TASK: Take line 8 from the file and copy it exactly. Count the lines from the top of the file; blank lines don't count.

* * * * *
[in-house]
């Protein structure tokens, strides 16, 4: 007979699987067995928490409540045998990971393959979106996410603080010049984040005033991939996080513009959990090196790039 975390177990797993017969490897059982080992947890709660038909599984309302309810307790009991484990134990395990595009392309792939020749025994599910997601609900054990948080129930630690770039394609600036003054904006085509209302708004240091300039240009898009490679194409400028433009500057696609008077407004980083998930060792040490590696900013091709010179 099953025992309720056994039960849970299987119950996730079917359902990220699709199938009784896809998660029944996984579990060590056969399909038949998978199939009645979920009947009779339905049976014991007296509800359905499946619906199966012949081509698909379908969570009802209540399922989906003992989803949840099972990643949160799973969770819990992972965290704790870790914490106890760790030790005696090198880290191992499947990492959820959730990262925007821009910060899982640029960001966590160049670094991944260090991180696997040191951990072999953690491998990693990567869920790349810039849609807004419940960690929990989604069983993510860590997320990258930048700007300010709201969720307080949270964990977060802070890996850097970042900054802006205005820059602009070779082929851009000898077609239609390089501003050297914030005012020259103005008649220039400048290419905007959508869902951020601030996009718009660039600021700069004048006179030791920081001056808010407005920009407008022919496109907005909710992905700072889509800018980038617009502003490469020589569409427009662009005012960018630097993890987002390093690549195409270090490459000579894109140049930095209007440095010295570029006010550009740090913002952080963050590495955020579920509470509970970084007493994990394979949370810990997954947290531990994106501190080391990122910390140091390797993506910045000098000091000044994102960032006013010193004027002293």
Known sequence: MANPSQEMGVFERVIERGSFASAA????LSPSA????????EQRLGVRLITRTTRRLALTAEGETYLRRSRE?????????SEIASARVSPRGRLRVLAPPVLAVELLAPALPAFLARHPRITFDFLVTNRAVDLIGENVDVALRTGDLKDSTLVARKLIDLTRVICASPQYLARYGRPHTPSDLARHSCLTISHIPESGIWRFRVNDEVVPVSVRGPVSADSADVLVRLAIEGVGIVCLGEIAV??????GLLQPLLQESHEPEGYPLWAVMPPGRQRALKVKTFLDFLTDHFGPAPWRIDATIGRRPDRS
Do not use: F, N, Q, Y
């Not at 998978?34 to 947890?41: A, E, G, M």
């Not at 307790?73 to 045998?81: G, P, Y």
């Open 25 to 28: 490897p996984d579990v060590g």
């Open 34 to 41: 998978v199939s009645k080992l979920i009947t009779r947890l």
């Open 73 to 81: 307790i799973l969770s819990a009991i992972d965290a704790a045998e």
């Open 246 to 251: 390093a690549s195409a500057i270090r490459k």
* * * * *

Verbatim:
């Open 34 to 41: 998978v199939s009645k080992l979920i009947t009779r947890l």